The winner of fourteen awards, including Best Picture, at the 1997 Japanese Academy Awards, Shall We Dance? is the story of a depressed salaryman whose infatuation with a ballroom dancer leads him to discover meaning and joy in life.
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Bollywood cinema’s Dilwale Dulhania Le Jayenge (commonly DDLJ) recently set a record by completing 750 weeks (over 15 years) of continuous play in Mumbai cinemas. Starring the king of Bollywood, Shahrukh Khan, and multiple best actress winner, Kajol, DDLJ is a joyful, musical love story for everyone.
In what film did Gloria Swanson utter this immortal line: “All right Mr. DeMille, I’m ready for my close-up.” Hint: it was among the first group of twenty-five films deemed “culturally, historically, or aesthetically significant” by the Library of Congress and selected for preservation in the National Film Registry.
“Fasten your seatbelts. It’s going to be a bumpy night.” Take a ride with the inimitable Bette Davis as Broadway star Margo Channing in 1950’s Best Picture, All About Eve. This smart, cynical and entertaining film deserves its place on the American Film Institute‘s 100 Greatest Movies of All Time.
Created by The Shield’s Kurt Sutter and starring a charismatic cast including Katey Sagal and Ron Perlman, the television series Sons of Anarchy keeps the action moving at full speed while delivering a new twist on a classic – Hamlet played out in an outlaw biker gang.
The brilliant HBO miniseries Generation Kill is based on journalist Evan Wright‘s book about his time with Recon Marines during the 2003 invasion of Iraq. Created by The Wire‘s David Simon and starring True Blood‘s Alexander Skarsgard, this series is a fairly judgment-free look at modern warfare and its cost.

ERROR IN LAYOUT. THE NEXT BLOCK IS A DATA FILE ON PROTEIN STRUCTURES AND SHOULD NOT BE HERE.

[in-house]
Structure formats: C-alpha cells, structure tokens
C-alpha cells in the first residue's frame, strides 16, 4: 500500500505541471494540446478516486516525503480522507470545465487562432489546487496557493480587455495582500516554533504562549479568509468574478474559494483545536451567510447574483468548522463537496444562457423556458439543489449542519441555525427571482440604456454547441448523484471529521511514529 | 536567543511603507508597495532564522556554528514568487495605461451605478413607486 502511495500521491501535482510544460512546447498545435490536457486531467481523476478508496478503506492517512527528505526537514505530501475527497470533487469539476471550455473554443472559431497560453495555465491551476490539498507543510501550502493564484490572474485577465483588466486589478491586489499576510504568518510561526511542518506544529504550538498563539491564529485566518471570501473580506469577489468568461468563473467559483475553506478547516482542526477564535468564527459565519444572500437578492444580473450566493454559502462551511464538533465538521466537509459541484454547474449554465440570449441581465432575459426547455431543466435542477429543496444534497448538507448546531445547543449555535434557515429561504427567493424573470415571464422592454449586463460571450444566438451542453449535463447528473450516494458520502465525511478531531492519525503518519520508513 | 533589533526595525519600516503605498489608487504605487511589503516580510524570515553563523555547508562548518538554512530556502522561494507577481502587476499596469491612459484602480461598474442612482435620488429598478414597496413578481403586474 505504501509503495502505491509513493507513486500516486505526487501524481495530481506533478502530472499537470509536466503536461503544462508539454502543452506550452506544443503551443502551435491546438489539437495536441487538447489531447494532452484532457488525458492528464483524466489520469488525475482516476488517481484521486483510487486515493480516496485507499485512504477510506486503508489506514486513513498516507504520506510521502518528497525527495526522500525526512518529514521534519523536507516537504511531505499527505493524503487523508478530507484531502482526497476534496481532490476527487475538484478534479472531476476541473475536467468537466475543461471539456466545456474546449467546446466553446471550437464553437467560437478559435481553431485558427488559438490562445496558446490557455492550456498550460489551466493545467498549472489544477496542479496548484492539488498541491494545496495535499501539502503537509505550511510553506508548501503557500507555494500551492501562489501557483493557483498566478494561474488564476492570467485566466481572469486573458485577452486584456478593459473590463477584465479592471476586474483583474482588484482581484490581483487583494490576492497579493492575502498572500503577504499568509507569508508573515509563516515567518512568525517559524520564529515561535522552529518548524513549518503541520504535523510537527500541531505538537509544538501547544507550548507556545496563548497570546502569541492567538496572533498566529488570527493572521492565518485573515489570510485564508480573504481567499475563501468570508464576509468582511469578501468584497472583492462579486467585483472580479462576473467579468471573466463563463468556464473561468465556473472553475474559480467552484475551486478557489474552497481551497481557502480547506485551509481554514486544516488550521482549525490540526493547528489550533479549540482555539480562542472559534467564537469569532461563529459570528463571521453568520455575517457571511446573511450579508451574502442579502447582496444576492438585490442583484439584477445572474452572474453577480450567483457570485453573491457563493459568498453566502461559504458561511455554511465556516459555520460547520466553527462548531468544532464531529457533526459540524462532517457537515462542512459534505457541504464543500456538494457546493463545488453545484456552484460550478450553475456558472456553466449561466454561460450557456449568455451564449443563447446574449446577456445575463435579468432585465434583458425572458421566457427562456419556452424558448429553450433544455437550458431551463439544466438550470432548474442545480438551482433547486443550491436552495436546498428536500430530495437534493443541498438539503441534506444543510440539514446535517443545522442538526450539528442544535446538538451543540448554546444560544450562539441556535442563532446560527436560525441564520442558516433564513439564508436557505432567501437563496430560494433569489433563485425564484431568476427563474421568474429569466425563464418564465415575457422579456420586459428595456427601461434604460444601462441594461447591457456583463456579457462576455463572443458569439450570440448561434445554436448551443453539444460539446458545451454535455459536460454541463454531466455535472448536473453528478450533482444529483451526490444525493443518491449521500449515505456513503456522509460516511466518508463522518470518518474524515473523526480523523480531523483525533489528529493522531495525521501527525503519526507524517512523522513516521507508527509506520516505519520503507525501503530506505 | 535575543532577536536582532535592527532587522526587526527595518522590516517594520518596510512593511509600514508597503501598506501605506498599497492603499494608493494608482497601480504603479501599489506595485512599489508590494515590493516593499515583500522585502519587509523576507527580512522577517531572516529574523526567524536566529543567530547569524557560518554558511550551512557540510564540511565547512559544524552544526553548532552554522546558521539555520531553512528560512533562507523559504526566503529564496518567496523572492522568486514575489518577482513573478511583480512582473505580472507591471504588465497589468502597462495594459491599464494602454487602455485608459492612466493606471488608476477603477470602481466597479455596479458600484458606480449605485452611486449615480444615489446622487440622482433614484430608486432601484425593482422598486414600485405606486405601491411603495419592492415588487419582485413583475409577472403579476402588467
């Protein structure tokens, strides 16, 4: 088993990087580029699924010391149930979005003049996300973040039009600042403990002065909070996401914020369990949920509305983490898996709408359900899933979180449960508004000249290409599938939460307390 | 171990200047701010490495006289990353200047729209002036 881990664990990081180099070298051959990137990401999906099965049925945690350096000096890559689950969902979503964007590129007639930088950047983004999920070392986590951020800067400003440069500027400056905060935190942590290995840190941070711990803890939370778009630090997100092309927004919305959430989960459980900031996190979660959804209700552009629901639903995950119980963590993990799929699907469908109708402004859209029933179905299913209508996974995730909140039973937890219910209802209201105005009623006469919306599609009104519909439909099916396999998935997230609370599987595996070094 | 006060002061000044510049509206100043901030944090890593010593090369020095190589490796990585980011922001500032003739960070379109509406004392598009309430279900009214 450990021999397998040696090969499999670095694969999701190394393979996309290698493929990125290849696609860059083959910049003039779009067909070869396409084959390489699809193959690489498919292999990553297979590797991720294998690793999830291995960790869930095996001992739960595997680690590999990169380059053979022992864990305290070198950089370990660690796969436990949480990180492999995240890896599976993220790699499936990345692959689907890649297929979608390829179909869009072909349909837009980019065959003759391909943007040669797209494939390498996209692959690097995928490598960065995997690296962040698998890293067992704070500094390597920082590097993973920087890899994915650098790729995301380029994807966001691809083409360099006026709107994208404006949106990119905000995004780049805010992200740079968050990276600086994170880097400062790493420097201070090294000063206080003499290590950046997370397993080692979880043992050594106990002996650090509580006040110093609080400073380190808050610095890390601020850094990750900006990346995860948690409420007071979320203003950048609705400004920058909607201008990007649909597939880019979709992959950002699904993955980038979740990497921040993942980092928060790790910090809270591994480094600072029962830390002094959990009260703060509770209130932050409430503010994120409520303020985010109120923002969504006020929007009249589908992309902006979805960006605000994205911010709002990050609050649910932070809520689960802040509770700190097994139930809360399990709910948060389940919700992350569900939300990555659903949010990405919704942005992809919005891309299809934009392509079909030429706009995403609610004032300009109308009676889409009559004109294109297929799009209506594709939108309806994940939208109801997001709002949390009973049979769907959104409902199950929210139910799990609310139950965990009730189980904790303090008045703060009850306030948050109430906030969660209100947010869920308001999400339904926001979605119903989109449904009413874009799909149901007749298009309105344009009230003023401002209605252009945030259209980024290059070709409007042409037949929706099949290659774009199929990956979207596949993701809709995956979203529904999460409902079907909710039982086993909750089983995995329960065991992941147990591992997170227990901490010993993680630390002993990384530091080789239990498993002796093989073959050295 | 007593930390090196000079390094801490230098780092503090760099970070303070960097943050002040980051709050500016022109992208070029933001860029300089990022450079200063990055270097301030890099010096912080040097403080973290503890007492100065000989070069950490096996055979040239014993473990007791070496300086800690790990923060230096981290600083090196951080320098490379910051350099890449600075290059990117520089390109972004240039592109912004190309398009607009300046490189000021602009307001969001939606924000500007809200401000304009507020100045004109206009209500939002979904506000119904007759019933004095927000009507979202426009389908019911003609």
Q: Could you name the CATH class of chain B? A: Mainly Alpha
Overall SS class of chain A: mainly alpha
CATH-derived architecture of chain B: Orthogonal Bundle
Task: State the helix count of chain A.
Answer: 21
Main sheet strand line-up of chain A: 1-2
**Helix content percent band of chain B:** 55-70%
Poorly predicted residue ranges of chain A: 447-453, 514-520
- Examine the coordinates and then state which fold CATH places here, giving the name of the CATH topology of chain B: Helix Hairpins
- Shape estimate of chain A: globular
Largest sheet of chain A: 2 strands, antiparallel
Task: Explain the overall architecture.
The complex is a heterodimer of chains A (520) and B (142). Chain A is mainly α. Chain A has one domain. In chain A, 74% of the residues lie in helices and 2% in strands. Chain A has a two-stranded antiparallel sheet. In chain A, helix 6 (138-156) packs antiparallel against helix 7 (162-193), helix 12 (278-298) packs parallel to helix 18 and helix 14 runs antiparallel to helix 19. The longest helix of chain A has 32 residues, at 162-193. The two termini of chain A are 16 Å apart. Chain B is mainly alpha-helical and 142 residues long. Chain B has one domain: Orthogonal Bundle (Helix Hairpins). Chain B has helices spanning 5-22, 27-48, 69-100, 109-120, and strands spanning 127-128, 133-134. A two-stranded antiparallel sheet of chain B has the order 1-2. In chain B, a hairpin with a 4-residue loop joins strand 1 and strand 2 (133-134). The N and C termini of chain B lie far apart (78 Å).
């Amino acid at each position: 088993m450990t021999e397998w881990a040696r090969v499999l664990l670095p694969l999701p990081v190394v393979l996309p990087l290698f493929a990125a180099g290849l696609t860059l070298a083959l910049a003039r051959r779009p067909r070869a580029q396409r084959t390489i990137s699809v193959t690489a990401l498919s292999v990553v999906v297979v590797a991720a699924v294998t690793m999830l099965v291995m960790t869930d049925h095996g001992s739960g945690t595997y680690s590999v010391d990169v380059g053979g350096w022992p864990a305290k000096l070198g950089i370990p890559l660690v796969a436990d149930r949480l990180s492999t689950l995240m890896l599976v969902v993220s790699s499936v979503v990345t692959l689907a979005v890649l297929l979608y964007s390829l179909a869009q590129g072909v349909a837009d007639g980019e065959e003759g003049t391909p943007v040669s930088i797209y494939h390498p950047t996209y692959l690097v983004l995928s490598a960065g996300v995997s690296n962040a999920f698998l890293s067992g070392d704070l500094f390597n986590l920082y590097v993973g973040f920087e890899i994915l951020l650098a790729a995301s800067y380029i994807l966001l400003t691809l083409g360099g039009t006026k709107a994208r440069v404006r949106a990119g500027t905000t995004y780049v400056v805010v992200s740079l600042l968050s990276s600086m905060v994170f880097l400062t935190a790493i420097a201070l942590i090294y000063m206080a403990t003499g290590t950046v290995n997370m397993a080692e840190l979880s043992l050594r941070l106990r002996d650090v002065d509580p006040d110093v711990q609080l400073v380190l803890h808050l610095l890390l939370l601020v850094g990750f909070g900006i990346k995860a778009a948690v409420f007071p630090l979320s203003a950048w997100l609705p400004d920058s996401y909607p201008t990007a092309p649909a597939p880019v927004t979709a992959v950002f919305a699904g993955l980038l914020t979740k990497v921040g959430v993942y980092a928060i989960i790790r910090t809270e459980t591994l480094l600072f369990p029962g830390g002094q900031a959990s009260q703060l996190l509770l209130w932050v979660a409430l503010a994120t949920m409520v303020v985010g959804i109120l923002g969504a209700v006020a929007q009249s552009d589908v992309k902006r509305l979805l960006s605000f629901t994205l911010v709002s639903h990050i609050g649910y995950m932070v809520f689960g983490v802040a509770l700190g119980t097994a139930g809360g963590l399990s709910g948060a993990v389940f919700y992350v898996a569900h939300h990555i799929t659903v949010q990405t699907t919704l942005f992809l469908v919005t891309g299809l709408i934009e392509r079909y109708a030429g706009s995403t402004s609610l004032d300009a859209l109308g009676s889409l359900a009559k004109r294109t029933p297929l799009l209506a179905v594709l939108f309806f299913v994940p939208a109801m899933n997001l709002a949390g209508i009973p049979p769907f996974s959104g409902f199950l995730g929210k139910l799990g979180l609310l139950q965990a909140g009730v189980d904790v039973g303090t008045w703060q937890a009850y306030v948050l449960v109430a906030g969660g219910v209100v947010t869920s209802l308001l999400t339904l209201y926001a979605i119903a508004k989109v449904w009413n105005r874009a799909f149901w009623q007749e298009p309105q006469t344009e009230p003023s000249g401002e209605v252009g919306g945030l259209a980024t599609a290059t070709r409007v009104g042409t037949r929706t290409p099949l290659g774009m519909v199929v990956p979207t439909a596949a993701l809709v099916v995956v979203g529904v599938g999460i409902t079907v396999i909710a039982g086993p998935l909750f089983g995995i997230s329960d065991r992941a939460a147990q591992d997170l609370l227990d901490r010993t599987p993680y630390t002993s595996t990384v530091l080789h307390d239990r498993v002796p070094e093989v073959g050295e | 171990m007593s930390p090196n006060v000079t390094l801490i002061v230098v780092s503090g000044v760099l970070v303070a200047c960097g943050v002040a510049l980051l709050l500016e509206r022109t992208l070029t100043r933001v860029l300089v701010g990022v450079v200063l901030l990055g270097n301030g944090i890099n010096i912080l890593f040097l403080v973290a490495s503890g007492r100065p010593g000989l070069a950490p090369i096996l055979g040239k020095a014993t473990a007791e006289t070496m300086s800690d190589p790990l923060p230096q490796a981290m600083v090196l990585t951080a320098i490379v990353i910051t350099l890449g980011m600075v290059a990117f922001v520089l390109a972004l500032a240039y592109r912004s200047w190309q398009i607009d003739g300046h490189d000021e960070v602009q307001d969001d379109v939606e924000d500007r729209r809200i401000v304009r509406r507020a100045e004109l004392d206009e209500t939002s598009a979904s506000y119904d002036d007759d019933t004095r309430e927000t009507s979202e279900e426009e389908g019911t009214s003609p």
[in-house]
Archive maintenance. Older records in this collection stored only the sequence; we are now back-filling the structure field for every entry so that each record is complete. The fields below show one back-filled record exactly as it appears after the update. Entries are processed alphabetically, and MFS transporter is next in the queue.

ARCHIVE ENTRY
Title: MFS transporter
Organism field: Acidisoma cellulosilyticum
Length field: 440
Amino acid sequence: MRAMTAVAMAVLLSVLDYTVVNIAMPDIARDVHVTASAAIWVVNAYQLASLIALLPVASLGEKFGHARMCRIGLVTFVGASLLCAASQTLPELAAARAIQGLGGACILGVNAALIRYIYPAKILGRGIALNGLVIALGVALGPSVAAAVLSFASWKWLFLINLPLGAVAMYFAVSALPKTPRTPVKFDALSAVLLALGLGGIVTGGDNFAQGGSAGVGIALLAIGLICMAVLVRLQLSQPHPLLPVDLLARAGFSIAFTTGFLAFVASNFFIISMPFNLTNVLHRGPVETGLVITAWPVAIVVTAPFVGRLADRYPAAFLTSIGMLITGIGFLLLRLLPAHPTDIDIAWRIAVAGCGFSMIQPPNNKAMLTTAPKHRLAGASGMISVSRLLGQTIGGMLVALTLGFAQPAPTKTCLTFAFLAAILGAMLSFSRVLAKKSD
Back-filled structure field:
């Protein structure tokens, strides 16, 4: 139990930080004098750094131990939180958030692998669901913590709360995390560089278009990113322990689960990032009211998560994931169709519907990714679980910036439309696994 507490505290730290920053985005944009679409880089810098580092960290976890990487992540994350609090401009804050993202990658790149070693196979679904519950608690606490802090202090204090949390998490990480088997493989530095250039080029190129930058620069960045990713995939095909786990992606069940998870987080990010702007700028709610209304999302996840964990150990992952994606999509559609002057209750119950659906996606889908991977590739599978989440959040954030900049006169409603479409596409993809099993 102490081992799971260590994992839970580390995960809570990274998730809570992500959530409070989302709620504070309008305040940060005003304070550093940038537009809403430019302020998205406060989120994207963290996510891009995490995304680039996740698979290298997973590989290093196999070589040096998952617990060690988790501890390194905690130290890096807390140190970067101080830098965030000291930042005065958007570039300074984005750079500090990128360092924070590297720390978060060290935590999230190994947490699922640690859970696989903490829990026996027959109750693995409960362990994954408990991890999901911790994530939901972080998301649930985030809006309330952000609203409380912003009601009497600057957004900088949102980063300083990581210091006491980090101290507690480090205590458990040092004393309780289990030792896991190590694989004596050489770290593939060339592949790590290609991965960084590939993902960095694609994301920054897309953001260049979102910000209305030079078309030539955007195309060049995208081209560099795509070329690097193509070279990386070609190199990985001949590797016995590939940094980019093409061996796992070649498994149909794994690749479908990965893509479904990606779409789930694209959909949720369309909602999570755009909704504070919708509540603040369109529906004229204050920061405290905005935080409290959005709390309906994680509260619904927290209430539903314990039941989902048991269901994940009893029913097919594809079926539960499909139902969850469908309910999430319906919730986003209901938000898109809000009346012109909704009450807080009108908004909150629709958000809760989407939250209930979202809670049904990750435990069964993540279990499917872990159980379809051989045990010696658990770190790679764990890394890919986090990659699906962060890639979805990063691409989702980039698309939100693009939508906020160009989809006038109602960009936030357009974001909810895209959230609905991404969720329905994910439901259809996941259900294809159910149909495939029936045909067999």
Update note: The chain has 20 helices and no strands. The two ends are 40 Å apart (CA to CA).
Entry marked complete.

If you’re looking for a linear storyline (or a story that actually makes sense!), this probably isn’t the film you want. If you’re interested in lavishly designed martial arts fantasy, try the wuxia film which eventually inspired Crouching Tiger, Hidden Dragon, Tsui Hark’s legendary Zu: Warriors from the Magic Mountain.
Before the Motion Picture Production Code was enforced in mid-1934, depression era “pre-Code” Hollywood (1929 – 1934) created daring, sophisticated, honest, funny and morally questioning films that are still relevant today. Try out the Forbidden Hollywood Collection and Pre-Code Hollywood Collection and then read more about pre-Code films here.
Canadian cult favorite Twitch City was created by, written by, and stars Don McKellar as Curtis, a shut-in television addict and manipulator extraordinaire. The show ran thirteen episodes and has a quirky cast of characters, including the infamous Cat Food Killer. Show your couch potato solidarity by tuning into Twitch City!
You can hear the rhythm of the Old West in these sparsely written audiobooks, narrated by Titus Welliver. In Robert B. Parker’s Appaloosa and Resolution, hired guns Everett Hitch and Virgil Cole must create law and order where none exists, guided by their sense of duty, honor, and friendship.